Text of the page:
In an earlier column we held a view that increased uncertainty in political and economic environment spoils the entrepreneurial spirits and business outlook. The just released July ’16 World Economic Outlook by IMF has blamed the same factor, much accentuated by Brexit consequences, to be responsible for cutting down World GDP forecast by 0.1% from the estimates made three months back to 3.1% in 2016 and 2017. For India also the GDP forecast is down by 0.1% to 7.4% in both the years. It has noted a sluggish investment recovery in India to have worked against a higher forecast. It is the regular drop in share of Gross Fixed Capital Formation as a percentage of GDP from 31.6% in 2013-14 to 30.8% next year and to 29.3% in FY16 that has shaped their assessment for India.
But the underlying factor of uncertain business scenario accelerated by recent spurt in political violence, delay in implementation of major reforms like GST has clearly emerged as the prime factor for decelerating private investment. This is in sharp contrasts to S&P forecasts of more than 8% GDP growth in the next two years.
The overall uncertainty is equally contributed by China factor as regards steel industry. The country has produced nearly 400 million tonne of crude steel in H1 of 2016 and exported 57.2 million tonne of steel. While the production is only 1.1% lower (against global rate of – 1.9%), the exports are more than 6% higher than the previous year. The country has also imported 412.2 million tonne of iron ore in the first five months with a 9% rise than the previous year.
Although China has pledged to eliminate 100-150 million tonne of capacity by 2020 (regionwise planned capacity closure announced) and is closing down 30 million tonne capacity in the current year (dismantling BF<= 400 cubic metre and converter<= 30 tonne), it is felt that the same is way behind (out of estimated 400 million tonne of excess capacity in china alone) what is necessary to bring about some equilibrium in supply and demand for global steel. China is indeed concerned about the large scale unemployment that would follow the planned closure of the facilities and the supreme need for redeployment in other sectors that are also becoming victims of the recessionary trend all around.
Secondly, the issue of giving Market Status to China by December 2016 planned as per WTO accession mechanism has gained huge momentum. The constructed costs and prices based on third country details under normal trading scenario, which has been the standard inputs for working out the injury and dumping margins, and the consequent duties necessary to remove the injury on the assumption of China being a non-market economy would have to be replaced by actual data on costs and prices as applicable in China (which are much lower) in case the country gets the market economy status.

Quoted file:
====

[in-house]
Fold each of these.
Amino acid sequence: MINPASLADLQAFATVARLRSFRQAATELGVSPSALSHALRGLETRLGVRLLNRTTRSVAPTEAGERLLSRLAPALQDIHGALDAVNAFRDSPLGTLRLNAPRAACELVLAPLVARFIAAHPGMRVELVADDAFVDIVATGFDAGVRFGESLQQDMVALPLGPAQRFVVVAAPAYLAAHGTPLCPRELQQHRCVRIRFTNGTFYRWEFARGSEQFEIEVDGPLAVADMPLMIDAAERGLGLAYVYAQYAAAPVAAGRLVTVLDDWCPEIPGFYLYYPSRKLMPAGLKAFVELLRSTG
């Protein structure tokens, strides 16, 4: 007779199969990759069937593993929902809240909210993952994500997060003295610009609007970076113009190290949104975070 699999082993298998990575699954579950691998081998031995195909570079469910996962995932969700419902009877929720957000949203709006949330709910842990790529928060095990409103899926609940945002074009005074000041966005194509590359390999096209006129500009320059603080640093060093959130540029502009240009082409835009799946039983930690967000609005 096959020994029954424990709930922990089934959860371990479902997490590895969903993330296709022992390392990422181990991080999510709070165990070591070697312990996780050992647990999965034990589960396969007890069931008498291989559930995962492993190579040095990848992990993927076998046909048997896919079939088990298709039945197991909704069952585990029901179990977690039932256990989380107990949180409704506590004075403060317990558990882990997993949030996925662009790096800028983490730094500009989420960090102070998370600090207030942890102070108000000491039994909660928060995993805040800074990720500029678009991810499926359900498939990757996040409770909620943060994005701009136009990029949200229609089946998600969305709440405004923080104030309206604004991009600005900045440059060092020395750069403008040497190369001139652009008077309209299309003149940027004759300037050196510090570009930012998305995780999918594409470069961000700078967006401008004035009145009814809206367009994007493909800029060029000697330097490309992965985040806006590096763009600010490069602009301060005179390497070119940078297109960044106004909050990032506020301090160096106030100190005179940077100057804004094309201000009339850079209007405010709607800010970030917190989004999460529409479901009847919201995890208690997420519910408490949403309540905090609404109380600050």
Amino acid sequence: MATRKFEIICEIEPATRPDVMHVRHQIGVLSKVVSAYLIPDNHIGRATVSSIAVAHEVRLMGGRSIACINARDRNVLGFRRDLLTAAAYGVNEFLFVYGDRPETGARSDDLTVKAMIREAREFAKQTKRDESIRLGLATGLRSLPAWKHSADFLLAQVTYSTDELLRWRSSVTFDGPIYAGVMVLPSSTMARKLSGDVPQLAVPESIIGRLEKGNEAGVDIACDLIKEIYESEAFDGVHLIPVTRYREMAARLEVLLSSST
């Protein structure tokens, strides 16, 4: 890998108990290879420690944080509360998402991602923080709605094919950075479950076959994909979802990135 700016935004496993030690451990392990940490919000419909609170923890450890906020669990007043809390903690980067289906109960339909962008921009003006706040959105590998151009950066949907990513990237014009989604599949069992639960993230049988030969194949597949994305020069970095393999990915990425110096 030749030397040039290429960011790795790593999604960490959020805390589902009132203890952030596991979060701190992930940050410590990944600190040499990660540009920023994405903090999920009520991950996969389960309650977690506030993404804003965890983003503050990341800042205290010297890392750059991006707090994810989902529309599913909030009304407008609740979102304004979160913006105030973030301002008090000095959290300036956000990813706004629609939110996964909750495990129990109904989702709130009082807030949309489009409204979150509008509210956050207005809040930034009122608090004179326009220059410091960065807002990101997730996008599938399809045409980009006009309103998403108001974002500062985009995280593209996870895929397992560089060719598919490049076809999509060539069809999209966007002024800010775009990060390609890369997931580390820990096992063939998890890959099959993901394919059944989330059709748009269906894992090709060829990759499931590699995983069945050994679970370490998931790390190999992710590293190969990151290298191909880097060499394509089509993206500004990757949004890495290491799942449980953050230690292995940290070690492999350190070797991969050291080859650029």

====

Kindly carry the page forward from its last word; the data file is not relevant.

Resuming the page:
In defence, the US and EU have argued that the proof of massive excess capacity in China is indicated by more than $ 15.5 billion losses incurred by major steel firms in 2015, the continual financing of the debts by state-controlled banks ($499 billion by the big mills) and creation of financial firms (asset management companies) by the state to absorb the bad debts of the steel industry. Further, China is also accused of currency manipulation by fixing renminbi (RMB) with dollar rather than at market-determined rate and encouraging third countries to enhance exports to developed countries (like cheap Chinese billets imported by Turkey and exports of long products to the US by Turkey or low-priced Chinese HRC imported by Korea and exports of pipes to the US by Korea). It is strongly felt that the current spurt of WTO-compliant measures against China would no longer be applicable and the face of global trade in steel would completely metaphor if Market Status is accorded to China.
For India to survive and grow in such an uncertain global environment, the import surge from China and FTA partners has been temporarily taken care of. The MIP, the most effective measure to stem the rot, needs modification before extension and the government is reportedly considering this. But the most significant role that it can play to improve the plight of Indian steel industry is to create enablers for generating demand for steel by infusing investment in critical industrial sectors, introducing reforms like GST, relaxing FDI in more sectors and pushing Indian manufacturing. India is, indeed, capable to see through the uncertain scenario with adequate policy support from the government.
The author is DG, Institute of Steel Growth and
Development. Views expressed are personal.